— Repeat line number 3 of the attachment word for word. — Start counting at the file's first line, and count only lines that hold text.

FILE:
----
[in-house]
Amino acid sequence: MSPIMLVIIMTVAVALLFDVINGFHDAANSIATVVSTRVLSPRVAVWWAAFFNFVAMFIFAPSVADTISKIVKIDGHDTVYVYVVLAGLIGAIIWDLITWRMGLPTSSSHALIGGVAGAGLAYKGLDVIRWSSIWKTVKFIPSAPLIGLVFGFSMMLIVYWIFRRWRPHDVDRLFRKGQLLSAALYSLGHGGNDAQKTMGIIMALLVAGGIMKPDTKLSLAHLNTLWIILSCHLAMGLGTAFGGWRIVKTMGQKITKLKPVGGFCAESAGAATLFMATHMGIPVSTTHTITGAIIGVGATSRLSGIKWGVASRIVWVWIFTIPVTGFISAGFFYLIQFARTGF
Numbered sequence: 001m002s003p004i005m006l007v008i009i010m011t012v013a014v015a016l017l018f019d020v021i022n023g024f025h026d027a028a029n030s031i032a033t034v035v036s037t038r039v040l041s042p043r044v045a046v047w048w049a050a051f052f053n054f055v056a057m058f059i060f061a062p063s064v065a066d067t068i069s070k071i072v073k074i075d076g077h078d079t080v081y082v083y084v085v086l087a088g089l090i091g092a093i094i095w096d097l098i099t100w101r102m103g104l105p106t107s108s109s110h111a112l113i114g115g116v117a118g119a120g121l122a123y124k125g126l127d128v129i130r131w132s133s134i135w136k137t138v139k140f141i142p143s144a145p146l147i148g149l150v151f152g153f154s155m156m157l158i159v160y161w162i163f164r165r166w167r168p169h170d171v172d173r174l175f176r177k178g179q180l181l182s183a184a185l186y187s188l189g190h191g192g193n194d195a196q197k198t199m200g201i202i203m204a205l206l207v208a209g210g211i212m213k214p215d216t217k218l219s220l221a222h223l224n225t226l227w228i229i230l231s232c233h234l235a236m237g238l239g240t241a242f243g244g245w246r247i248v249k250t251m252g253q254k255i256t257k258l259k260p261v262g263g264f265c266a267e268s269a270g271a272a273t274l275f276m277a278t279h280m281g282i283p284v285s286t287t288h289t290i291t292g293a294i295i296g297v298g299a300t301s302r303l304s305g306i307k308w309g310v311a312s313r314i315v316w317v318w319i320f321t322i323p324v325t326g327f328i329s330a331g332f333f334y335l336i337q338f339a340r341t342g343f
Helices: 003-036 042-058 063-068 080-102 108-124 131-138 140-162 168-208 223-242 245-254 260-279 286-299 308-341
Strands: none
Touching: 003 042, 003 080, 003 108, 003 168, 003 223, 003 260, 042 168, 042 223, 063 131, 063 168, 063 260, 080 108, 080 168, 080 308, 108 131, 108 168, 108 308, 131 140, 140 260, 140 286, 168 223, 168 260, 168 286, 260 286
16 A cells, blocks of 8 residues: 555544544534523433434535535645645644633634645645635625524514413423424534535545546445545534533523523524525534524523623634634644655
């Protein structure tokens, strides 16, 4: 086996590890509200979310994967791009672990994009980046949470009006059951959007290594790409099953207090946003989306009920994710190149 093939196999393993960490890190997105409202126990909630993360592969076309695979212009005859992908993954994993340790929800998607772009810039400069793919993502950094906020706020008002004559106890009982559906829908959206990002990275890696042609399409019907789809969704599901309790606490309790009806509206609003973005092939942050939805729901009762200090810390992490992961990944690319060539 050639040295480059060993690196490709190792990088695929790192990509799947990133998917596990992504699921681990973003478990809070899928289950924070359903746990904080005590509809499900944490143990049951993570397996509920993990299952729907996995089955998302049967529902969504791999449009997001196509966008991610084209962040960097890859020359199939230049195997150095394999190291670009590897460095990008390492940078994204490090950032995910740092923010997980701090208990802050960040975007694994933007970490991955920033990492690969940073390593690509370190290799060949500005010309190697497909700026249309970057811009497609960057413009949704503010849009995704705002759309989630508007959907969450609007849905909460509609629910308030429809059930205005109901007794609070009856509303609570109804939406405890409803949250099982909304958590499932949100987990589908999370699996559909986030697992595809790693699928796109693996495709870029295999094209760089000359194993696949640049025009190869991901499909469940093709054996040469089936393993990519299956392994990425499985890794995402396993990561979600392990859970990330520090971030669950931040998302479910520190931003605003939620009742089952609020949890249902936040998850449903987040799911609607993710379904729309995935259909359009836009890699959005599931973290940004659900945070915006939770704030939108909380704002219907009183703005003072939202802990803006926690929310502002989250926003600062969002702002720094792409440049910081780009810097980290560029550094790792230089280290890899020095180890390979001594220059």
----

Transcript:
Numbered sequence: 001m002s003p004i005m006l007v008i009i010m011t012v013a014v015a016l017l018f019d020v021i022n023g024f025h026d027a028a029n030s031i032a033t034v035v036s037t038r039v040l041s042p043r044v045a046v047w048w049a050a051f052f053n054f055v056a057m058f059i060f061a062p063s064v065a066d067t068i069s070k071i072v073k074i075d076g077h078d079t080v081y082v083y084v085v086l087a088g089l090i091g092a093i094i095w096d097l098i099t100w101r102m103g104l105p106t107s108s109s110h111a112l113i114g115g116v117a118g119a120g121l122a123y124k125g126l127d128v129i130r131w132s133s134i135w136k137t138v139k140f141i142p143s144a145p146l147i148g149l150v151f152g153f154s155m156m157l158i159v160y161w162i163f164r165r166w167r168p169h170d171v172d173r174l175f176r177k178g179q180l181l182s183a184a185l186y187s188l189g190h191g192g193n194d195a196q197k198t199m200g201i202i203m204a205l206l207v208a209g210g211i212m213k214p215d216t217k218l219s220l221a222h223l224n225t226l227w228i229i230l231s232c233h234l235a236m237g238l239g240t241a242f243g244g245w246r247i248v249k250t251m252g253q254k255i256t257k258l259k260p261v262g263g264f265c266a267e268s269a270g271a272a273t274l275f276m277a278t279h280m281g282i283p284v285s286t287t288h289t290i291t292g293a294i295i296g297v298g299a300t301s302r303l304s305g306i307k308w309g310v311a312s313r314i315v316w317v318w319i320f321t322i323p324v325t326g327f328i329s330a331g332f333f334y335l336i337q338f339a340r341t342g343f